FIG. 2 is a flowchart diagram illustrating non-limiting example procedures for implementing a digital pulsed phase locked loop using for example the digitally-based measurement apparatus 10 from FIG. 1. One or more transmit parameters such as those described above may be received from the user interface (step S1), (or they may be preset), and based on one or more transmit parameters, an electronic transmit signal is generated and converted to analog format with the analog signal driving a transducer (step S2). The transducer signal propagates through a test sample (step S3), and the same or different transducer receives the echo signal from the test sample and provides it to the receiver circuit where the echo signal is converted into digital form (step S4). The digital echo is analyzed in the digital processor along with the digital transmit signal (step S5). As explained in an example below, the original digital waveforms and the received echo signal “train” are compared mathematically. That processing results in calculating a change in phase or a delay time associated with the echo as well as in echo magnitude (step S6). The phase or a delay time is then filtered (step S7), and the filtered phase or delay time is fed back to adjust the transmit and quadrature (or other phase reference) signals (step S8) as described in further detail below to complete the “loop” of the DPPLL. The filtered phase or a delay time associated with the echo is also provided along with the calculated echo amplitude to the user interface for use in the sensing application to which the DPPLL technology is applied (step S9).

In a non-limiting example implementation, which is preferable but optional, pre-lock, search, and locked modes may be used to locate and track a particular echo pulse at a desired point in the pulse waveform. During the pre-lock mode, a user adjusts an initial tracking position for an echo or echoes of interest (step S10). Once the user selects the echo(es), the DPPLL switches to the search mode, where the DPPLL refines the initial tracking position and target length (the duration of the echo) so that the DPPLL tracks the portion of the echo where the echo signal is the strongest. The DPPLL may be in the search mode for one iteration of the dPPLL loop during which the DPPLL “skips” step S6, converts the refined tracking position to the appropriate time units (such as samples on the A/D converter), and passes the refined tracking position to step S2 to start the DPPLL in the locked mode.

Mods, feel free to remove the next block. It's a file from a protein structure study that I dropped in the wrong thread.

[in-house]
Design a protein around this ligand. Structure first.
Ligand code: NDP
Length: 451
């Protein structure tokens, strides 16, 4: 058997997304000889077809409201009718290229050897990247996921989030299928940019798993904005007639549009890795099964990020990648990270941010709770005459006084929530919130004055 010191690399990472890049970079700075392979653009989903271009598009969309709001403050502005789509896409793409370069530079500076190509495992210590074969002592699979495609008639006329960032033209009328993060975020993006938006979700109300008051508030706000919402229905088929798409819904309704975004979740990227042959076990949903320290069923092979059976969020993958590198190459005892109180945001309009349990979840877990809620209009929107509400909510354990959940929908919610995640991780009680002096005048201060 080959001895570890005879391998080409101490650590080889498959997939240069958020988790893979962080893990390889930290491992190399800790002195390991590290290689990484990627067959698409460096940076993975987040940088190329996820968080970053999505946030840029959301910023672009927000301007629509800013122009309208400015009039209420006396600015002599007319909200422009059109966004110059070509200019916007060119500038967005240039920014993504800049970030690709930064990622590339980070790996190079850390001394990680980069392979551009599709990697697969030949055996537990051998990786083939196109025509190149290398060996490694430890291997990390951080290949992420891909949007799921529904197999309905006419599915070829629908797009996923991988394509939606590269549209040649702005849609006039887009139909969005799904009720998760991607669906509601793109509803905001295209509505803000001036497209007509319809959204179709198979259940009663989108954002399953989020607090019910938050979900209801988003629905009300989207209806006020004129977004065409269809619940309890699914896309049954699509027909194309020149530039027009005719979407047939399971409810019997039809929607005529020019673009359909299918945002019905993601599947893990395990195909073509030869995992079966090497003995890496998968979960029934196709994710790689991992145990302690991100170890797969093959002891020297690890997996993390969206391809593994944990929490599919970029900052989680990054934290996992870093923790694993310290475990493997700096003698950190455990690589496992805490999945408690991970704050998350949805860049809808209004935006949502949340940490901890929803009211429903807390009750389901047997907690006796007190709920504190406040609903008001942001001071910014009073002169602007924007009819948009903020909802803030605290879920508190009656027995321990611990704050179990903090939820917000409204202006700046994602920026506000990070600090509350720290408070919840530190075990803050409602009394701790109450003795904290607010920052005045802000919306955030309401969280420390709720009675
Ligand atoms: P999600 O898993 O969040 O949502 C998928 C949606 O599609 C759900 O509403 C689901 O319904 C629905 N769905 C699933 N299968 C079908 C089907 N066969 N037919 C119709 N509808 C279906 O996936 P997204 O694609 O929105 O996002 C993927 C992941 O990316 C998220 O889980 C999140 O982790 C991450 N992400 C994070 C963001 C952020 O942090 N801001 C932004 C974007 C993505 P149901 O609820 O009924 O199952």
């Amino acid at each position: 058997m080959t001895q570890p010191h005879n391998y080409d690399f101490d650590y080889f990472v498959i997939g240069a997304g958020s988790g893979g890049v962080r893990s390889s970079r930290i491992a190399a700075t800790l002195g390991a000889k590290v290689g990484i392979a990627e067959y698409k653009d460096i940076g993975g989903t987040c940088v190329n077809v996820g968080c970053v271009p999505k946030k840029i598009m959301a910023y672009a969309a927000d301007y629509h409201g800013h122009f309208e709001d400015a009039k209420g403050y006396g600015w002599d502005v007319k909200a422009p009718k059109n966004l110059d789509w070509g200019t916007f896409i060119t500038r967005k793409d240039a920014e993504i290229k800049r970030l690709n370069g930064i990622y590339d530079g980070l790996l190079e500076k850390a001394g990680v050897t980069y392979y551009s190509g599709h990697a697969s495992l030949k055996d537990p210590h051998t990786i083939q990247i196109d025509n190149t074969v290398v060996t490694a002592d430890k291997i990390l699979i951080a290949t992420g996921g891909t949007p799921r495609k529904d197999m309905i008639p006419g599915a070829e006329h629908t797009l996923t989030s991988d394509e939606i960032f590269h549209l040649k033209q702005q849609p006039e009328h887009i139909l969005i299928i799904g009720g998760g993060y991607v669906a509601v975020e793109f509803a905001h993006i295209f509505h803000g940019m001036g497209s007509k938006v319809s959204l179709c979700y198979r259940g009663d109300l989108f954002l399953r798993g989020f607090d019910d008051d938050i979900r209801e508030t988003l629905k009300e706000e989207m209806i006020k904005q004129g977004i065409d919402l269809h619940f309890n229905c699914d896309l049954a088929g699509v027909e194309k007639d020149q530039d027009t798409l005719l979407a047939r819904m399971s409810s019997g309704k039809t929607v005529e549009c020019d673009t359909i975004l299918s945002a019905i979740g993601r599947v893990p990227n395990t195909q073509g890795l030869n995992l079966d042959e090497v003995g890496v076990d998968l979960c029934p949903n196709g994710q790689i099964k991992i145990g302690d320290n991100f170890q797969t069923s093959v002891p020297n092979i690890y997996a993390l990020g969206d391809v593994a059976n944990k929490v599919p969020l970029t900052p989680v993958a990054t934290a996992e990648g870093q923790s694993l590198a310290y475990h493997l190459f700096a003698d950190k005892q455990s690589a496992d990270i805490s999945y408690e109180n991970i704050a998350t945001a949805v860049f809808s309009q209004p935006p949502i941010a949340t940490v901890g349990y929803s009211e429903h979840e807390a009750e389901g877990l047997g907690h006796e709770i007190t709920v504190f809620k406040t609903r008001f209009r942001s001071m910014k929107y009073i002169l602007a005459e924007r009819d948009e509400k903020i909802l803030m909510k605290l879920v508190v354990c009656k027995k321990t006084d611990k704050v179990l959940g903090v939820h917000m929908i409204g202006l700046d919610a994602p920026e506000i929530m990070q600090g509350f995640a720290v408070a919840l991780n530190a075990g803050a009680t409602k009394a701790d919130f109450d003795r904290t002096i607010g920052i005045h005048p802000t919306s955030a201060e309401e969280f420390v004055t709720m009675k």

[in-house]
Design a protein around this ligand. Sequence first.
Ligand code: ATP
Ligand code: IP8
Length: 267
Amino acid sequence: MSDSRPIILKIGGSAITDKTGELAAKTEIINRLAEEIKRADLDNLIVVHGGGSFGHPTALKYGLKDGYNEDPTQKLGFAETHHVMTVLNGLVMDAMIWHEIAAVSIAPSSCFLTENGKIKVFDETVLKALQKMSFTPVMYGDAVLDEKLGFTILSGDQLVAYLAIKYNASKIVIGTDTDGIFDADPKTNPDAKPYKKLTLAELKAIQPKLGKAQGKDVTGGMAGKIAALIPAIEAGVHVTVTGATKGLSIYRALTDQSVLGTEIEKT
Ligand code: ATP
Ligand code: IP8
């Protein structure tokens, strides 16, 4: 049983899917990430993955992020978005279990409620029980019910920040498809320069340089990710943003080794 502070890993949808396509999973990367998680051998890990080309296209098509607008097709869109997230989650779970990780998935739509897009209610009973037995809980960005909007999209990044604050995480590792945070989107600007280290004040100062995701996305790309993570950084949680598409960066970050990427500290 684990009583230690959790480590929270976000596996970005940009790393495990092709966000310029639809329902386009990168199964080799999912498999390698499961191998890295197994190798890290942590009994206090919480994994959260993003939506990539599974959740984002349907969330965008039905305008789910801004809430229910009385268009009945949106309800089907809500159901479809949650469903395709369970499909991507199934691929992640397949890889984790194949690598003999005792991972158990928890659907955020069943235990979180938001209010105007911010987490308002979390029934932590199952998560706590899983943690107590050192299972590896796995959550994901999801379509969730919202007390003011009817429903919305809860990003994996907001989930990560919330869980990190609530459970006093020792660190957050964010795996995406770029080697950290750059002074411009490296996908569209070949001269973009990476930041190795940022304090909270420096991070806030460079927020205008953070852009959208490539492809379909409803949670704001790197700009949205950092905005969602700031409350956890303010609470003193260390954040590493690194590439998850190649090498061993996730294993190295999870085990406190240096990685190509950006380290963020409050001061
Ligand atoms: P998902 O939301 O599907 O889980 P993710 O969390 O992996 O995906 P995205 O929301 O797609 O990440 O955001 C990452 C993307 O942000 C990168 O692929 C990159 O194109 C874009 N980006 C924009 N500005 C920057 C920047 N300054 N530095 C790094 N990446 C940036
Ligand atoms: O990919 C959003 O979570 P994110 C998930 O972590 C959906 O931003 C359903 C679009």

When the DPPLL is in the locked mode, the magnitude and phase signals are averaged over the tracking window to produce a phase difference signal. This phase difference signal is low-pass filtered and passed to step S8. As mentioned above, the average magnitude and phase over the selected echo is reported to the user interface in step S9. The average magnitude and phase may also be monitored to determine if the DPPLL is still tracking a valid echo or if it has lost track of the signal. If it has lost track of the signal, the DPPLL returns to the pre-locked mode so that the user may reset the target position to a valid echo.

If the DPPLL is in the locked mode, the filtered phase difference signal is passed to step S8, where the phase difference is converted into a time delay. The integer portion of the delay is used to adjust the start position of the target window, while the fractional portion is used to adjust the phase offset of the transmit reference signal for the next iteration of the loop. If the DPPLL is operating in an unlocked mode, the initial target position is returned to the waveform generator and the phase offset remains constant for each iteration of the loop.

FIG. 3 is a flowchart diagram illustrating non-limiting example procedures for calculating a change in phase or time delay (Δt) and an echo magnitude referred to in step S6 in FIG. 2. The echo signal is received in the processor in digital form from the receiver circuit and represents it mathematically as:
R=A r(t)cos(ωt+φ r),  (5)
where Ar(t) is the amplitude of the received signal, t is the time at which the receiver detects the signal, ω is the frequency of the signal and φr is the initial phase of the signal (step S10).

The processor also receives or previously stored the transmitted digital pulse signal and represents it mathematically as:
I=COS(ωt+φ t)  (6)
where φt is the initial phase of the digital output signal (step S11). Generally, φt(N+1)=φr(N), where N is the transmitted pulse number, so that the phase difference Δφ=φt−φr=0. Next, a quadrature signal 90° out of phase with the transmitted digital pulse signal is generated (step S12), and it is represented mathematically as:
Q=sin(ωt+φ t)  (7)

The processor multiplies the received signal in equation (5) by the digital transmit pulse signal in equation (6) to produce:
M IA r(t)cos(Δφ)−cos(2ωttr)  (8)

The product MI is lowpass-filtered which removes the high frequency components, i.e., the second term, (step S13), producing the following signal in which the 2ωt terms from (8) above have been removed:
L IA r(t)cos(Δφ)  (9)
Similarly, the processor multiplies the received signal in equation (5) by the quadrature signal in equation (7) to produce:
M QA r(t)sin(Δφ)−sin(2ωttr)  (10)